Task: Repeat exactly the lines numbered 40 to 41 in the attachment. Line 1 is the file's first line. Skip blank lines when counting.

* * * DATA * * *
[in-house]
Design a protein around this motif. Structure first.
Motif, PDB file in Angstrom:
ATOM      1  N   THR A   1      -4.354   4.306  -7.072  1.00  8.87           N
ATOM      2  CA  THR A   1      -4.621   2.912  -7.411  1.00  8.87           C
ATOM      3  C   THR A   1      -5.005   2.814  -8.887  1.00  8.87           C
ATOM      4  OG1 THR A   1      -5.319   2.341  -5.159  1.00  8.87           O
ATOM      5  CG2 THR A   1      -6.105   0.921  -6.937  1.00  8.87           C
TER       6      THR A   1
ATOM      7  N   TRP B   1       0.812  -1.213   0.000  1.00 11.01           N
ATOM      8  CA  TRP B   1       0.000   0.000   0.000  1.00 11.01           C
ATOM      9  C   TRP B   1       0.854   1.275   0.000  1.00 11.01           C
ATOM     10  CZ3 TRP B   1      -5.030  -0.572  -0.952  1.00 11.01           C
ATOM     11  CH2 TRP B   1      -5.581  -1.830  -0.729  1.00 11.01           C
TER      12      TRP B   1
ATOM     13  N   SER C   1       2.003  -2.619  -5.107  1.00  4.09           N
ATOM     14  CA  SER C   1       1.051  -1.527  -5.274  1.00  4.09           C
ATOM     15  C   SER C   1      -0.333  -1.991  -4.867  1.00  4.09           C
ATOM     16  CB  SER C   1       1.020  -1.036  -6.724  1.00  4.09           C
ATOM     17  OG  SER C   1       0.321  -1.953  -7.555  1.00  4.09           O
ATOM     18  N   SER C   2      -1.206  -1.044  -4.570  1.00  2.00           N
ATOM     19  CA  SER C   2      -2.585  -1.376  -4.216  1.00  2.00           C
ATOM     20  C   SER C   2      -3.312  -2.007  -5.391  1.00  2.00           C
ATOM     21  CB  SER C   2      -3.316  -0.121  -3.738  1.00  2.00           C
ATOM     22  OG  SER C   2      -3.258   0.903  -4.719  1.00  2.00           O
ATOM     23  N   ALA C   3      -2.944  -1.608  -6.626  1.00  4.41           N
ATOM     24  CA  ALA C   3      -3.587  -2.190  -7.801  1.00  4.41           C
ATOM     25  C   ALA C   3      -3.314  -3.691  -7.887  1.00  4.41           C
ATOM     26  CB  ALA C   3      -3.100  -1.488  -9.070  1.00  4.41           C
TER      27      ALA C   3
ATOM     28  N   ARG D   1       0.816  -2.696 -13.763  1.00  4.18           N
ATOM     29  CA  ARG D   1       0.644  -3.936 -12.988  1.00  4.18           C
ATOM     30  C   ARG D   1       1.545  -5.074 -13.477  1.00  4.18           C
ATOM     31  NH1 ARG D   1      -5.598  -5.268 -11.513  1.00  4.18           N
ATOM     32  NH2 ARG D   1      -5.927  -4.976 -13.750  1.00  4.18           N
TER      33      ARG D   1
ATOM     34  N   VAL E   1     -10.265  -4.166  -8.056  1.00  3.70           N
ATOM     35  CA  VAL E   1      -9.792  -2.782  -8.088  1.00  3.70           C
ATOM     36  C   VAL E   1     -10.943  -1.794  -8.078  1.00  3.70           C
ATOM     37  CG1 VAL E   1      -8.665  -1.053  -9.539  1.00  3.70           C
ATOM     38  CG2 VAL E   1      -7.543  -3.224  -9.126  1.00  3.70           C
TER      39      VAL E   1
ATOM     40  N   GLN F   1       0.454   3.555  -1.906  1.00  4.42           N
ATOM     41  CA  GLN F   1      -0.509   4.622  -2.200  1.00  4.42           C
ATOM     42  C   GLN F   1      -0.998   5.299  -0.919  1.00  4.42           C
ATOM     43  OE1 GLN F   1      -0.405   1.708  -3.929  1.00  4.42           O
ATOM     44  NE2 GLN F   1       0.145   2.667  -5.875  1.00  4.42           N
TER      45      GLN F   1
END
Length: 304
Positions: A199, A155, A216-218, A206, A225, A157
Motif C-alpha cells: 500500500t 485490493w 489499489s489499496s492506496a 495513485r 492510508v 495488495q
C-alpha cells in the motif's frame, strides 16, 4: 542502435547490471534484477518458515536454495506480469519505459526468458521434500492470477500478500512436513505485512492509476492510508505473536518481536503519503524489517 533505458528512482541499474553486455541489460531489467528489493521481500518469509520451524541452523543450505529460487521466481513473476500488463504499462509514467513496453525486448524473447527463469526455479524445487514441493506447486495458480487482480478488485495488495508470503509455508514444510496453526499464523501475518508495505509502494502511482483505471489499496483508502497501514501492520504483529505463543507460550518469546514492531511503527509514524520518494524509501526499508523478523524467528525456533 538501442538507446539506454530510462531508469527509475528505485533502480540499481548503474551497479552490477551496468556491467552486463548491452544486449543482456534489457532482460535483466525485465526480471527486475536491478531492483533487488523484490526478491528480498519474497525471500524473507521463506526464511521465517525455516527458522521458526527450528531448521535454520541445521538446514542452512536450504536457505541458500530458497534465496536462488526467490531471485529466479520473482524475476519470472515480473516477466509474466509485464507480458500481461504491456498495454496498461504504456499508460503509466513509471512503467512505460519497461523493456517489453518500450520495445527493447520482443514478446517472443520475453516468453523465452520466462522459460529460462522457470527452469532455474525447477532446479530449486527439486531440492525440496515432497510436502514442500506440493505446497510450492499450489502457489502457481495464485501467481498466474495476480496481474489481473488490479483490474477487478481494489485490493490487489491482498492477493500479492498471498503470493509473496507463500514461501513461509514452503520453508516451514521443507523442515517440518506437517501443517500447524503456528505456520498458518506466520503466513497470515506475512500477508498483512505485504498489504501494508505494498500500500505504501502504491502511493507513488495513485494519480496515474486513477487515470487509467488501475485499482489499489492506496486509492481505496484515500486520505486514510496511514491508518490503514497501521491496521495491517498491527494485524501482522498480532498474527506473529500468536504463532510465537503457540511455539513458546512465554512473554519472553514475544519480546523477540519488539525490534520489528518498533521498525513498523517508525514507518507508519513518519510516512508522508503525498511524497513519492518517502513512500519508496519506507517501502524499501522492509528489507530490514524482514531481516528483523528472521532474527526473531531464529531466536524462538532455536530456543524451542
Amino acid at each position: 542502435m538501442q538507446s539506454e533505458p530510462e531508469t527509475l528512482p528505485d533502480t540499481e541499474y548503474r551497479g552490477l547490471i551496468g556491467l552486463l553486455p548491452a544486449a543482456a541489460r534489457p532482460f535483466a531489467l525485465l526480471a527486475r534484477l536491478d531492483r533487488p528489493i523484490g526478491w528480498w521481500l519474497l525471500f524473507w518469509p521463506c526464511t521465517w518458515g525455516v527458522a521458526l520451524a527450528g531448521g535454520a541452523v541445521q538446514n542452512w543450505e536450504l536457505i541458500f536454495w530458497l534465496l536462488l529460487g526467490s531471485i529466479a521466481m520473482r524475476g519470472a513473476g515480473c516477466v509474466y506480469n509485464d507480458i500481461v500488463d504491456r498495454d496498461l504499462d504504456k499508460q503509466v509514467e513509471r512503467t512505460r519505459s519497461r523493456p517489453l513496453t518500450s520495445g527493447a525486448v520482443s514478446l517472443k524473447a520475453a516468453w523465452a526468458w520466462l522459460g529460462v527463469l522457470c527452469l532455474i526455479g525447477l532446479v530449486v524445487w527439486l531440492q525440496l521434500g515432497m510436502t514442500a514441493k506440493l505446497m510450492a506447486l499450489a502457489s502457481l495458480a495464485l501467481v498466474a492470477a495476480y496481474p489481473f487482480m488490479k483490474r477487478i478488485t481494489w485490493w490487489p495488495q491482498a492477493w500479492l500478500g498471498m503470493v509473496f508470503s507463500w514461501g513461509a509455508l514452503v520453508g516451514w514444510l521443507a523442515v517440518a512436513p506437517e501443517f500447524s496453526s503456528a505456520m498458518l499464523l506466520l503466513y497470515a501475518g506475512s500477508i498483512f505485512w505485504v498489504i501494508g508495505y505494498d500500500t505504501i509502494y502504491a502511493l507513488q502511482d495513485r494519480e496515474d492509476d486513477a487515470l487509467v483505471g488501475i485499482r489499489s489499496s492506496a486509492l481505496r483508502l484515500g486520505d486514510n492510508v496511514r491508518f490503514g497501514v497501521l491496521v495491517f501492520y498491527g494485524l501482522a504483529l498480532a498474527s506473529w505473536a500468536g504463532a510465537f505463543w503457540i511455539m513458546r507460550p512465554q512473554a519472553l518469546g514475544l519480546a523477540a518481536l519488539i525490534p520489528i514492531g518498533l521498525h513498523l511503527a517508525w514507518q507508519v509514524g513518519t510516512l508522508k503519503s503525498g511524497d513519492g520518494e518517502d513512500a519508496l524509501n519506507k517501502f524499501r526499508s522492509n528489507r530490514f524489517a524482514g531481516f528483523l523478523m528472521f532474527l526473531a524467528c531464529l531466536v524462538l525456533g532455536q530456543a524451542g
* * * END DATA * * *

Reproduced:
ATOM     37  CG1 VAL E   1      -8.665  -1.053  -9.539  1.00  3.70           C
ATOM     38  CG2 VAL E   1      -7.543  -3.224  -9.126  1.00  3.70           C